a Competition" by Anil Rathi.)
@2015 Harvard Business School Publishing Corp.
Distributed by the New York Times Syndicate
Build trust with your
type a boss
It s not easy working under high per-
formers. While Type A bosses are driven
and successful, they re also demanding and
more likely to micromanage. But you can
improve your relationship, and make your
job more enjoyable.
Speak up. If you disagree about something
or have other concerns, be direct. Show that
you re not afraid to voice opinions, and your
boss will respect you.
Get to know your boss. Build an outside-
of-work relationship by sharing some of
your personal passions and goals. Do you
both have kids? Play tennis? Finding sim-
ilarities can help build trust.
Know that it s not you. If your boss is
piling more work on you and not giving
enough credit, try to push your frustrations
aside and ask how she is doing. Chances
are she s not trying to be dismissive; she s
just lacking sleep or has a big decision
weighing on her.
(Adapted from "Tips for Working Under
a Type A Boss" by Melissa Raffoni.)
Keep high performers
happy by offering feedback
High performers are immensely valuable
to any company (they can be four times as
productive as average performers), but man-
agers need to look out for their wants and
needs to keep them from seeking greater
challenges, growth and rewards elsewhere.
One big contributing factor to their job sat-
isfaction is feedback. How often do you sit
down with your employees to discuss their
performance? Chances are, not enough.
Many high performers say they expect at
least a monthly sit down with their man-
agers, but only 53 per cent say their managers
deliver on their feedback expectations. So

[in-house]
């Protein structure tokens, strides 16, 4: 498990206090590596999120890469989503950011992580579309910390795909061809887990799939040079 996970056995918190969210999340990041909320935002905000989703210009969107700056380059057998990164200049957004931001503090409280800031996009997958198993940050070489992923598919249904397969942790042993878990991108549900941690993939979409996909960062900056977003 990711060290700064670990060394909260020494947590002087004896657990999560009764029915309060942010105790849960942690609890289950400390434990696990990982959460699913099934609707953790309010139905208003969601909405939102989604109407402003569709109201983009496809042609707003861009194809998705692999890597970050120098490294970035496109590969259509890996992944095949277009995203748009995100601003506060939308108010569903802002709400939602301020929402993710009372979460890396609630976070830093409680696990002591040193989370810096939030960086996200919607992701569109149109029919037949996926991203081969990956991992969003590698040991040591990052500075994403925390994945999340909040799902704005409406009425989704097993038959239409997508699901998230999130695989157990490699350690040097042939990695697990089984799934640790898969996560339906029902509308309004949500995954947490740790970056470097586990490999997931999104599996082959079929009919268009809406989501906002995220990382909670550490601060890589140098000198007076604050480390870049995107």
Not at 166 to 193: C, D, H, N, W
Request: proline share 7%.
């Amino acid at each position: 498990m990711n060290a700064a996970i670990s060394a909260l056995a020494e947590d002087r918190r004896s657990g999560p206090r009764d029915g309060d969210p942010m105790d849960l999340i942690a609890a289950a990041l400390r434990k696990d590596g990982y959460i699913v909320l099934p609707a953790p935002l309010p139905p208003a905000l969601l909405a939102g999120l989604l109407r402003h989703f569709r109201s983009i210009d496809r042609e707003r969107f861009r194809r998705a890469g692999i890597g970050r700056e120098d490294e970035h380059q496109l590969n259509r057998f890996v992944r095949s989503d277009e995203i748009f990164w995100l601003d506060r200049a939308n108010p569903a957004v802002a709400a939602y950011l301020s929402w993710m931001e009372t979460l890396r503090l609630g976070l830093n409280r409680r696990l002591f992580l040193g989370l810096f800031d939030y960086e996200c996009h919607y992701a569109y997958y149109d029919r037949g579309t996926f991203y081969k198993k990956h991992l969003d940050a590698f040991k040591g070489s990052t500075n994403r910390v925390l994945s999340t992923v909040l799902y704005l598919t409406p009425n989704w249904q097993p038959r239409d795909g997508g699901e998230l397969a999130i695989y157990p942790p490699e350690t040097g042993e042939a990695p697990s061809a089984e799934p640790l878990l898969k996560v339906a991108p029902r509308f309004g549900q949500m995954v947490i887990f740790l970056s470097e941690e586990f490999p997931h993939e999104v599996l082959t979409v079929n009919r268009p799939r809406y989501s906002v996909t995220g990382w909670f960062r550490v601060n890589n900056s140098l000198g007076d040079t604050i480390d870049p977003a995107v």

if you re relying on annual or semiannual
performance reviews as the primary feedback
mechanism with your employees, your high
TIPS & TALKING POINTS
Airports Authority of Trinidad and Tobago ('the Authority')
invites suitably qualified firms and individuals to submit
proposals for leasing and developing land at the Piarco
AeroPark for a Home Furnishings retail centre. This is an
attractive opportunity to operate in one of the most
high-traffic areas in Trinidad and Tobago.
The Piarco AeroPark is a mixed use business park just north
of the Piarco International Airport in Trinidad and Tobago.
The Piarco AeroPark is the first aerotropolis or airport city in
the Caribbean. It will contain zones for various activities
Copies of the RFP can be obtained from December 30th
2014 between 8:00a.m. and 4:00p.m. at the Cashier's
Booth, Airports Authority Administration Centre, Piarco
International Airport, South Terminal, Golden Grove Road,
Piarco, Trinidad and Tobago upon payment of a non
refundable fee of US$200.00 plus VAT.
A Pre-Proposal Conference and Facility Tour will take
place at 10:00a.m. on January 28th 2015 at the following
Proposers and their representatives are encouraged to attend
the Facility Tour to acquaint themselves with the conditions
therein which may influence their proposals.
The deadline for submission of proposals is February 27th
2015 at 2:00p.m. AST. Late submissions will not be
The Authority does not bind itself to accept the lowest or any
Questions or requests for further information should be
The Secretary Tenders Committee
The subject line should read
Development of a
HOME FURNISHINGS RETAIL CENTRE
at the Piarco AeroPark
TrINIDAD AND TOBAGO